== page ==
Making Real Change in the Wake of the Opioid Crisis

There are many ways for you as an individual to help people who are struggling with opioid addiction. You can call your government officials to ask them to obtain more funding for your state’s treatment centers, you can give money to non-profit organizations that help addicts, and you can make sure anyone you know who is struggling with this terrible substance use disorder gets the help they need in the form of rehab. However, it can seem daunting to try and take on such a serious, nationwide crisis.

As stated by Addictions.com, the opioid epidemic claimed over 59,000 lives in 2016 alone. In addition, the epidemic has led to drug overdoses becoming the leading cause of death in Americans 50 years of age and younger. This is a serious problem that requires serious solutions. The current administration has attempted to step up, and President Trump has declared the crisis to be a public health emergency. Unfortunately, though, this does not seem to be enough to actually create real change.

A public health emergency is a serious declaration, but it is usually reserved for short-term issues like those caused by natural disasters. Long-term problems like the opioid crisis, which has worsened every year since the mid-1990s when pharmaceutical companies began aggressively marketing these drugs, must be declared states of emergency. A state of emergency lasts for a year (unless it is renewed by the current president), and it allows for many changes a public health emergency cannot provide. In general, a state of emergency seems to be what we would need as a nation to actually begin to curb the opioid abuse crisis.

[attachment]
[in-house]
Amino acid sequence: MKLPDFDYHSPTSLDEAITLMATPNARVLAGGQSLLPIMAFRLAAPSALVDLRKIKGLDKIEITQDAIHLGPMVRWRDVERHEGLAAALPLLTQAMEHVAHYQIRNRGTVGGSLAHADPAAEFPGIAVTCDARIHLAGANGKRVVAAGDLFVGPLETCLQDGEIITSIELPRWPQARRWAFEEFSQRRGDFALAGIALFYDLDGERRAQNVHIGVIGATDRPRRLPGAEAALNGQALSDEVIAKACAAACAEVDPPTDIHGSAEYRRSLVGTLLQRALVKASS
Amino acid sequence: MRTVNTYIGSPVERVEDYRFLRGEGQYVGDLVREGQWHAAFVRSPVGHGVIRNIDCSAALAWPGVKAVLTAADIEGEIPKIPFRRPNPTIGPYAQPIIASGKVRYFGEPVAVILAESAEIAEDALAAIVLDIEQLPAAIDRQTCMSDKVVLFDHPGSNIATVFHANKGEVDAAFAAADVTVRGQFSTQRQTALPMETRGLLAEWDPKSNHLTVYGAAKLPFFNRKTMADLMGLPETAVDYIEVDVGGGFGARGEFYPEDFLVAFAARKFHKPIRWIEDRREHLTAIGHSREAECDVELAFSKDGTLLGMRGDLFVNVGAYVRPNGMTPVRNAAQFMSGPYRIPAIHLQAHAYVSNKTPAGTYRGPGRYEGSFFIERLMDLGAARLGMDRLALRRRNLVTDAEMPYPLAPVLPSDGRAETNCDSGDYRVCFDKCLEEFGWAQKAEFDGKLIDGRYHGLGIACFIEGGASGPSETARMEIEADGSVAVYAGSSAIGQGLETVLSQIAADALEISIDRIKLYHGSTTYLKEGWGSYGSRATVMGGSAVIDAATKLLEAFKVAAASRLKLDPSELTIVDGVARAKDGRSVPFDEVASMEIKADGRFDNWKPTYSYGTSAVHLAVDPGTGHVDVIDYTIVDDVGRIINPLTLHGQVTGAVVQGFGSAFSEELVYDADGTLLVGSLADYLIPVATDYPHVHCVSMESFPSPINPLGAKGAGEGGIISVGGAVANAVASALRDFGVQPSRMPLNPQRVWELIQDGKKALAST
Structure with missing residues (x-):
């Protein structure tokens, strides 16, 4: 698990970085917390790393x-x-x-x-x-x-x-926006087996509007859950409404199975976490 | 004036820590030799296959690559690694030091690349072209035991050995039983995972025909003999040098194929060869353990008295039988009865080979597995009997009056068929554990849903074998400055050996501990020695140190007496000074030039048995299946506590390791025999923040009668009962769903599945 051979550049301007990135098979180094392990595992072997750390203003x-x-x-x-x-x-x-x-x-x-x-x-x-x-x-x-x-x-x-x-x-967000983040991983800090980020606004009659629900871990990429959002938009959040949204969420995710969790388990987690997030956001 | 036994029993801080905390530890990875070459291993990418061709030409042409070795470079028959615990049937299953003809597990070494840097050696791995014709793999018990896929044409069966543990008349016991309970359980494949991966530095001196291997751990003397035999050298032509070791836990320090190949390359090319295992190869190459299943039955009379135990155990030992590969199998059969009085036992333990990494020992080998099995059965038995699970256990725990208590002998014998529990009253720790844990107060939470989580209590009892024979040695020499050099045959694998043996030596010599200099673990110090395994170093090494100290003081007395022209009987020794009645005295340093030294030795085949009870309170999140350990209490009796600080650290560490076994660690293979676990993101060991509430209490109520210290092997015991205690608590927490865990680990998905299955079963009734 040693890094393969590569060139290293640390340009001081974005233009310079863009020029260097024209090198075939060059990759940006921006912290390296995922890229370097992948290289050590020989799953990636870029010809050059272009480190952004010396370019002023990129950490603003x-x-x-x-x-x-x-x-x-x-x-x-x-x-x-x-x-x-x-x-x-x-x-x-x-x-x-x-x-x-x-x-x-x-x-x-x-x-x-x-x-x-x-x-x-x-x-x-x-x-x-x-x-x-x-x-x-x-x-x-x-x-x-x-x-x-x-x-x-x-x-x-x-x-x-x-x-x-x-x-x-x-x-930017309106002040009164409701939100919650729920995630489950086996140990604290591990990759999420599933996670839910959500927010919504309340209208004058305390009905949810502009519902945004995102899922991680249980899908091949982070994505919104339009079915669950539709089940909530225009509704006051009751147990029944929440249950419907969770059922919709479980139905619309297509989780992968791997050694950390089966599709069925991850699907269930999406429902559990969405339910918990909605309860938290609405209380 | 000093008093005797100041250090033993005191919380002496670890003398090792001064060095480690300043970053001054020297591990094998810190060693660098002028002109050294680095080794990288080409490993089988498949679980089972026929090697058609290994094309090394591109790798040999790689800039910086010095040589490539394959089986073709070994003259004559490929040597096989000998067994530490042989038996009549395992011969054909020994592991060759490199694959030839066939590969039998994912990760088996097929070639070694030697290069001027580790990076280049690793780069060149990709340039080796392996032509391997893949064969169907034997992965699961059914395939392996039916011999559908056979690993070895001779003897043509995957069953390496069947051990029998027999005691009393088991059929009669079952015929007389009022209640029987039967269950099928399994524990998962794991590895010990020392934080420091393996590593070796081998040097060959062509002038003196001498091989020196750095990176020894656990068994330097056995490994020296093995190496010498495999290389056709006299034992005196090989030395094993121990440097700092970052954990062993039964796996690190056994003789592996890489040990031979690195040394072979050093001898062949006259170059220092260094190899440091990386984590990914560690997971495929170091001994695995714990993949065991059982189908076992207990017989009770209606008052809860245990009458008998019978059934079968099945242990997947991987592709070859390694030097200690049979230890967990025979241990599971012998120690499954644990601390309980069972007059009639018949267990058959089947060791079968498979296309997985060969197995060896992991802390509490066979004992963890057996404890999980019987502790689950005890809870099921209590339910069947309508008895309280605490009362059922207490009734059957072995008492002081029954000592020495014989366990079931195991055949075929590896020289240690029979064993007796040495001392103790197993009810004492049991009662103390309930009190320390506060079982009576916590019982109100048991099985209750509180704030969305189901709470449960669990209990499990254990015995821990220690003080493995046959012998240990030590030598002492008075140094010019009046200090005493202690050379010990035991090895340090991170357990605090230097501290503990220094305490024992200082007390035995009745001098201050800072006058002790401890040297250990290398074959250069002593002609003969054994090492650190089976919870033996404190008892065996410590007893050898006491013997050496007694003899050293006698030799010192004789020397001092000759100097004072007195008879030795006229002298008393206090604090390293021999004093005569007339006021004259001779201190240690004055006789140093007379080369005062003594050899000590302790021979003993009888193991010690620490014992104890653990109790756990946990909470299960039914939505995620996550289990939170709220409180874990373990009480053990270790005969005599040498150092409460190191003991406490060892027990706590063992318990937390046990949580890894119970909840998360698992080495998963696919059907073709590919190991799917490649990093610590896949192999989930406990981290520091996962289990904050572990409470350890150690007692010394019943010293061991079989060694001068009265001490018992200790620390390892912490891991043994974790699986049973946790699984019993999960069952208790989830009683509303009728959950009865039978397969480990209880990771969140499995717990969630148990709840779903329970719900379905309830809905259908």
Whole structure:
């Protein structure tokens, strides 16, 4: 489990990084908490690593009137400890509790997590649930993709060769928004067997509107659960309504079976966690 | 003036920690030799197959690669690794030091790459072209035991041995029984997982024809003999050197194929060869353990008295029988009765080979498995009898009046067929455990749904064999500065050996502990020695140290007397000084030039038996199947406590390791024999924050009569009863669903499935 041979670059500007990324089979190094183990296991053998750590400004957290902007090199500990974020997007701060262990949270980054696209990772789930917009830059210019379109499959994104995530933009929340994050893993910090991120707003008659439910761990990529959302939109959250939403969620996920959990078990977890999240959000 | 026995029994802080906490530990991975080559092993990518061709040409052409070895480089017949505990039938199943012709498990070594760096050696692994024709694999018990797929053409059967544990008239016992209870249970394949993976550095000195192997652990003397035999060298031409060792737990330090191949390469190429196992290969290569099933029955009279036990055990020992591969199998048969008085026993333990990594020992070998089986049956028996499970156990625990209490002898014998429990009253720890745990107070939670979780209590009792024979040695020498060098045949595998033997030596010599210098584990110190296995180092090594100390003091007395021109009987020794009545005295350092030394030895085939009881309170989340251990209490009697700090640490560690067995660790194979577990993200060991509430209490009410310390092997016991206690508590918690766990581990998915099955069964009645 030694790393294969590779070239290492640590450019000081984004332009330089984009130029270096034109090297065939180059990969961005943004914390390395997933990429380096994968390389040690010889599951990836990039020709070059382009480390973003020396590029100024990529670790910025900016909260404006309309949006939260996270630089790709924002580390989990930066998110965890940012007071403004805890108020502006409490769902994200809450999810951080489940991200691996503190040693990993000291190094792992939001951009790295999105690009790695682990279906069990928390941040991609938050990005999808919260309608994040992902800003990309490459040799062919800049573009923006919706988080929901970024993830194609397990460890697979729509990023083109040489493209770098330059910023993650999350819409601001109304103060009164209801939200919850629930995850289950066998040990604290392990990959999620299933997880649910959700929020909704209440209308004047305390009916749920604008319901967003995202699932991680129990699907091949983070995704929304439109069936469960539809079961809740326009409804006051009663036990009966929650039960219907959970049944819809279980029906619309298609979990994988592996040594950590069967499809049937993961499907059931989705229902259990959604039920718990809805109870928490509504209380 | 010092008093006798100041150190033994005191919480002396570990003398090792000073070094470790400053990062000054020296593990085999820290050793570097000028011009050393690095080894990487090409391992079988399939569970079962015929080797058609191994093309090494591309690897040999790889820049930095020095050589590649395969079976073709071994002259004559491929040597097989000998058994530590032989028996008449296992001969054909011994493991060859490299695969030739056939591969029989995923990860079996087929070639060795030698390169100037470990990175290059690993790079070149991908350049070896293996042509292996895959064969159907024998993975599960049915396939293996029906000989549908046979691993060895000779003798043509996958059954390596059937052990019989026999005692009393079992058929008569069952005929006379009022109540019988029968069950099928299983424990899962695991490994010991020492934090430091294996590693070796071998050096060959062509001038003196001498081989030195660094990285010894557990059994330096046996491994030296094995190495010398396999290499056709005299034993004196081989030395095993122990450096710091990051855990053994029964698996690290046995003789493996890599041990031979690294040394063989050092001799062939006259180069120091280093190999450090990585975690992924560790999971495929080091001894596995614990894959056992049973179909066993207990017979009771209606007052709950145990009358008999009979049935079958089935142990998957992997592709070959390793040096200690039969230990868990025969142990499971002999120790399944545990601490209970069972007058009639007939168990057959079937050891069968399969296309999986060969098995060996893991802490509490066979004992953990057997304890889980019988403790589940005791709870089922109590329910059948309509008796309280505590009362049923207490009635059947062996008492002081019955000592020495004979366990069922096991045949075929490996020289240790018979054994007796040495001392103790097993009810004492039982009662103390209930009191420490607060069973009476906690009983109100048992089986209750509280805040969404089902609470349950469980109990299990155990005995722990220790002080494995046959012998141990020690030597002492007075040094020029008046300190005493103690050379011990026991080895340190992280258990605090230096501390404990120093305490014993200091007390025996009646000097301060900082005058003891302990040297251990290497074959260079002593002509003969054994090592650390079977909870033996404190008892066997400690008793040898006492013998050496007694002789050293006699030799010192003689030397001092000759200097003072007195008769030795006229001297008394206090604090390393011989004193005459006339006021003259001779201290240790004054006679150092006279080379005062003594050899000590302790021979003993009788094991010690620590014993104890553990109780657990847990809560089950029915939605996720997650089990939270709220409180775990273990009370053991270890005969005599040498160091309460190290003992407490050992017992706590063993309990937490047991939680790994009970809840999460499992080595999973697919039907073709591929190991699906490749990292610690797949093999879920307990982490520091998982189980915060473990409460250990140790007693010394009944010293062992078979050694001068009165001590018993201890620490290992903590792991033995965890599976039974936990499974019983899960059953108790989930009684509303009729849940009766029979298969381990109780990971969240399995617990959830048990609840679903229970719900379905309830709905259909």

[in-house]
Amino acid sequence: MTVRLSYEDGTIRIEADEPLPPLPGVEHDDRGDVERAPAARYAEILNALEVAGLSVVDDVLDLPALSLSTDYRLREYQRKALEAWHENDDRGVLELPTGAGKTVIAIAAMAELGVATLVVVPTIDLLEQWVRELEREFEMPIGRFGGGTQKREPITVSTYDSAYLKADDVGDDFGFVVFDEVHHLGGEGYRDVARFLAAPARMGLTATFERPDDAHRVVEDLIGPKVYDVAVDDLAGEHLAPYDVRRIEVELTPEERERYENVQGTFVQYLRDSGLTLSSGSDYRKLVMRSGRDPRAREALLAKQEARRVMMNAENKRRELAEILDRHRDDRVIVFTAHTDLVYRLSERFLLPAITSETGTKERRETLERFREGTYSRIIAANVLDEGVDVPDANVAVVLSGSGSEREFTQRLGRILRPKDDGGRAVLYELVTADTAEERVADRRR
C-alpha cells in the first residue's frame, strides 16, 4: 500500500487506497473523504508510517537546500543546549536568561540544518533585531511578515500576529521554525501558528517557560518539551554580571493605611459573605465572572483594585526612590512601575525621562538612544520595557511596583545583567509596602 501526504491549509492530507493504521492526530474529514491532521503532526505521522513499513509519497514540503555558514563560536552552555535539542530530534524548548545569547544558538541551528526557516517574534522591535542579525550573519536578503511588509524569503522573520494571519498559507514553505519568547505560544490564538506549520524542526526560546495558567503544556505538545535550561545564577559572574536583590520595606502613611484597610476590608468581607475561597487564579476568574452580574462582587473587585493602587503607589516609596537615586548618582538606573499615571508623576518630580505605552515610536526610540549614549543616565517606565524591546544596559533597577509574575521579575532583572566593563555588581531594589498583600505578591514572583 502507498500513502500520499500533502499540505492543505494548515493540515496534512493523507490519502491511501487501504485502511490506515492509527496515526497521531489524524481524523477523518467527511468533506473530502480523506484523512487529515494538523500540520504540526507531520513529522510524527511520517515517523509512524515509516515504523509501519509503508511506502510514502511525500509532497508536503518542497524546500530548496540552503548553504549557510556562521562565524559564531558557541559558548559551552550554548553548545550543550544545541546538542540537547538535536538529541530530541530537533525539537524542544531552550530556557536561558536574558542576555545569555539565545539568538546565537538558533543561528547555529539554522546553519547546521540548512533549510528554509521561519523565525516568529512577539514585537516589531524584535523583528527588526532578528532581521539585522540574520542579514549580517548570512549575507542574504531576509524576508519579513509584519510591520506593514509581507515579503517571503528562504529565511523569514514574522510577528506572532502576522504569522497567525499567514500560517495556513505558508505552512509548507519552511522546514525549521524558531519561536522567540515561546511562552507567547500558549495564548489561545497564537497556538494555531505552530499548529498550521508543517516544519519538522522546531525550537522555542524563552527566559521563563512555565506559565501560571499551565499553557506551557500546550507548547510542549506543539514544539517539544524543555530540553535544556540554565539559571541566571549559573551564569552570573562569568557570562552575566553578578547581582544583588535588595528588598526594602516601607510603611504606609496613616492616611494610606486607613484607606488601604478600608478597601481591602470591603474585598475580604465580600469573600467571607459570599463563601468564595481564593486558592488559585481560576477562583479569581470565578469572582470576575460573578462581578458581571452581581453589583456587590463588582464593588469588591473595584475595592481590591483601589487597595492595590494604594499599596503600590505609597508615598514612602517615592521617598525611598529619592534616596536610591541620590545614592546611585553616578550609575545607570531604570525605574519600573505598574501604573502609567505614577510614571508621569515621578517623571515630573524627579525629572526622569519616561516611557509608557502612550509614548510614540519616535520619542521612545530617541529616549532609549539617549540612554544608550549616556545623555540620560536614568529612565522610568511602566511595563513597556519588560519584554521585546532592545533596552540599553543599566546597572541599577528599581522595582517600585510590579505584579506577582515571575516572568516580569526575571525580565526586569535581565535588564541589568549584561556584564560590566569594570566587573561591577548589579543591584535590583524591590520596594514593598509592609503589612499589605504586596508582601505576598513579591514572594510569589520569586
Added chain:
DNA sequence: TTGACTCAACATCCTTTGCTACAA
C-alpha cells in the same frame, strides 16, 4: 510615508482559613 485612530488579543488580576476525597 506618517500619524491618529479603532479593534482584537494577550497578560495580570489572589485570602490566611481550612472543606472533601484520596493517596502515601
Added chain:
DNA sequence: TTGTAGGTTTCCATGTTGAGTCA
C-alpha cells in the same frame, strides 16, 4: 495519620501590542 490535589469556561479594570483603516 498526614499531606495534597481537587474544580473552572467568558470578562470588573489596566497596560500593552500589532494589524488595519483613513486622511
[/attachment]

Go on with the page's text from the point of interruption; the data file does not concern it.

Opioid addiction is a serious problem and requires many options for treatment and aid. Many people in the United States suffer from this disorder without getting the proper help they need, partially because, as a country, we have never taken this disorder seriously enough. If we were to declare a state of emergency, a number of changes could be made to the way we treat and deal with opioid addiction, some of which could even change the way people see the problem. Under a public health emergency, however, some changes could be made but none that will truly reverse deeply rooted issues that are associated with the problem.

If we want to begin fighting the opioid crisis and making real change when it comes to this issue, we will need the tools to do so. This means declaring the crisis a state of emergency to allow government departments to work together and cut through the bureaucratic red tape that prevents change from occurring quickly. In addition, we should also work together as citizens to help others understand that opioid addiction is an illness that requires treatment and not a defect of character. If we can begin to take the problem seriously, we may be able to affect real, honest change and start to roll back the issue of opioid abuse and addiction in the years to come.